4. The Instruction

I know it sounds like I was tearing apart my training in the “could be better” section above, but truly, I thought it was good, solid, and succinct, and that my trainers did an excellent job teaching the material. In fact, I’d be happy to see instruction similar to this implemented in our initial training for flight attendants.

In flight attendant training, you learn evacuations, emergencies, and how to handle customers. You learn about ADA stuff and pets and tarmac delays. You learn about alllll the things you’re not allowed to do, both on the plane and off. But you learn very little about service.

That’s right—the thing you spend the majority of your time doing as a flight attendant is almost an afterthought in your four-week training.

In my first-class training, we went over every piece of the flight, from boarding, through service, cruise flight, descent, and even deplaning. First, we learned each individual piece of the puzzle—the food prep, pre-departure beverages, the hanging of coats (yes, even that), and then we put all the pieces together in a team-effort, role-play mock flight.

This would be SO helpful for new flight attendants just starting the job. To know when to do trash pickup, when another beverage service should start, when to call the pilots for a break, and how you’re not finished working until everyone is finished working. I hope someday our regular training will look a little more like our first-class training.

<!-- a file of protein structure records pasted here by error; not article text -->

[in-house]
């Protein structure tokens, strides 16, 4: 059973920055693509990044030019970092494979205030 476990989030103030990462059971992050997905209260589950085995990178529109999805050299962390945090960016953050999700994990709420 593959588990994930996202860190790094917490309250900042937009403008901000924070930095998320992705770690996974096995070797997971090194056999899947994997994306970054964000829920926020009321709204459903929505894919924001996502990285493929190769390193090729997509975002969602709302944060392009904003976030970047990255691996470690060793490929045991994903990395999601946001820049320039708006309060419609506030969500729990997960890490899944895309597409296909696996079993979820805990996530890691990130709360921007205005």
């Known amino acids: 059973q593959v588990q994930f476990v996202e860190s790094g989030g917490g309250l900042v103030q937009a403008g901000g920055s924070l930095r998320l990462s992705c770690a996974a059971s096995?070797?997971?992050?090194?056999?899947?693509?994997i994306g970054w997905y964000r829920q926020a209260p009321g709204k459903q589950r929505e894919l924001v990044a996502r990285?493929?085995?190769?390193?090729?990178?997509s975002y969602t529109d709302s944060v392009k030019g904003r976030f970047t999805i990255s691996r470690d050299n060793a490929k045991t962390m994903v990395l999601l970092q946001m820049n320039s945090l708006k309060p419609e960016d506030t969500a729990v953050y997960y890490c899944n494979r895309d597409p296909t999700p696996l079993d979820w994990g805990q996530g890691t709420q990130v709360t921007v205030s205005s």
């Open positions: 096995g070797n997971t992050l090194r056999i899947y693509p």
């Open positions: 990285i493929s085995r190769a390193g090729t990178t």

I also found the instruction and content to be engaging (and borderline fun, if I can get away with saying that without sounding too nerdy?) Serious shout out to my instructors who made a full, REGULAR-PERSON, 40-hour work week seem like a breeze instead of a snore. Like I said, even I, a jaded 10-year flight attendant, found myself excited to step up my game, kiss a little ass, and serve the expensive wine.

Survived our first-class training.

My first-class training was good and bad, pleasant and annoying, fanciful and fun—pretty much just how I expected it to be. We learned, we socialized, we expensed meals. And pretty soon it will be time to put our learnin’ to the test.

I still have yet to work a trip in first class, so this optimism and excitement could go down the drain with my first in-flight cappuccino. But I have a feeling it’s going to rock.


Thanks for stopping by to read my silly little flight attendant post, and thanks for all the love over the past few weeks (and months). It means so much to me.

See you all real soon, and don’t forget: I’m fancy now.

airplane logo from